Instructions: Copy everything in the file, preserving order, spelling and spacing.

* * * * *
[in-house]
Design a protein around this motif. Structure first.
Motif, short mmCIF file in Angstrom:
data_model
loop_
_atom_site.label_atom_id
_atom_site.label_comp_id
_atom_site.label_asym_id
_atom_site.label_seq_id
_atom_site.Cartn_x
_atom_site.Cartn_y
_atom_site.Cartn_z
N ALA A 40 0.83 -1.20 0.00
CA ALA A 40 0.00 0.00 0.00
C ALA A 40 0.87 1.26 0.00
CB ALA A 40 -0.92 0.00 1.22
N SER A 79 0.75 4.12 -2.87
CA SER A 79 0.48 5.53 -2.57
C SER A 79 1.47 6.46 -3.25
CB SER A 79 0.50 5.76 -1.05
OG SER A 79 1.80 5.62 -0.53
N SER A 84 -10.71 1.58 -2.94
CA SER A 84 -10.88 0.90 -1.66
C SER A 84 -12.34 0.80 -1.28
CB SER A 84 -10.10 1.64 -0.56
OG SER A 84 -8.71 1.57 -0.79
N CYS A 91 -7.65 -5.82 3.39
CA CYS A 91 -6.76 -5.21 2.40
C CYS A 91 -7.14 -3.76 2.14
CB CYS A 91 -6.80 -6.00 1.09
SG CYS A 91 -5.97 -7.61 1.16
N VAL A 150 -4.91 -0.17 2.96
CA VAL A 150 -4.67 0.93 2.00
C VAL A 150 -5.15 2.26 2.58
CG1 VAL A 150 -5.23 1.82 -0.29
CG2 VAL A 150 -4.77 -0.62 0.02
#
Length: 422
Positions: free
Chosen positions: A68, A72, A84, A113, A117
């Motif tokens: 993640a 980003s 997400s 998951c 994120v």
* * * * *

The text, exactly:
[in-house]
Design a protein around this motif. Structure first.
Motif, short mmCIF file in Angstrom:
data_model
loop_
_atom_site.label_atom_id
_atom_site.label_comp_id
_atom_site.label_asym_id
_atom_site.label_seq_id
_atom_site.Cartn_x
_atom_site.Cartn_y
_atom_site.Cartn_z
N ALA A 40 0.83 -1.20 0.00
CA ALA A 40 0.00 0.00 0.00
C ALA A 40 0.87 1.26 0.00
CB ALA A 40 -0.92 0.00 1.22
N SER A 79 0.75 4.12 -2.87
CA SER A 79 0.48 5.53 -2.57
C SER A 79 1.47 6.46 -3.25
CB SER A 79 0.50 5.76 -1.05
OG SER A 79 1.80 5.62 -0.53
N SER A 84 -10.71 1.58 -2.94
CA SER A 84 -10.88 0.90 -1.66
C SER A 84 -12.34 0.80 -1.28
CB SER A 84 -10.10 1.64 -0.56
OG SER A 84 -8.71 1.57 -0.79
N CYS A 91 -7.65 -5.82 3.39
CA CYS A 91 -6.76 -5.21 2.40
C CYS A 91 -7.14 -3.76 2.14
CB CYS A 91 -6.80 -6.00 1.09
SG CYS A 91 -5.97 -7.61 1.16
N VAL A 150 -4.91 -0.17 2.96
CA VAL A 150 -4.67 0.93 2.00
C VAL A 150 -5.15 2.26 2.58
CG1 VAL A 150 -5.23 1.82 -0.29
CG2 VAL A 150 -4.77 -0.62 0.02
#
Length: 422
Positions: free
Chosen positions: A68, A72, A84, A113, A117
């Motif tokens: 993640a 980003s 997400s 998951c 994120v």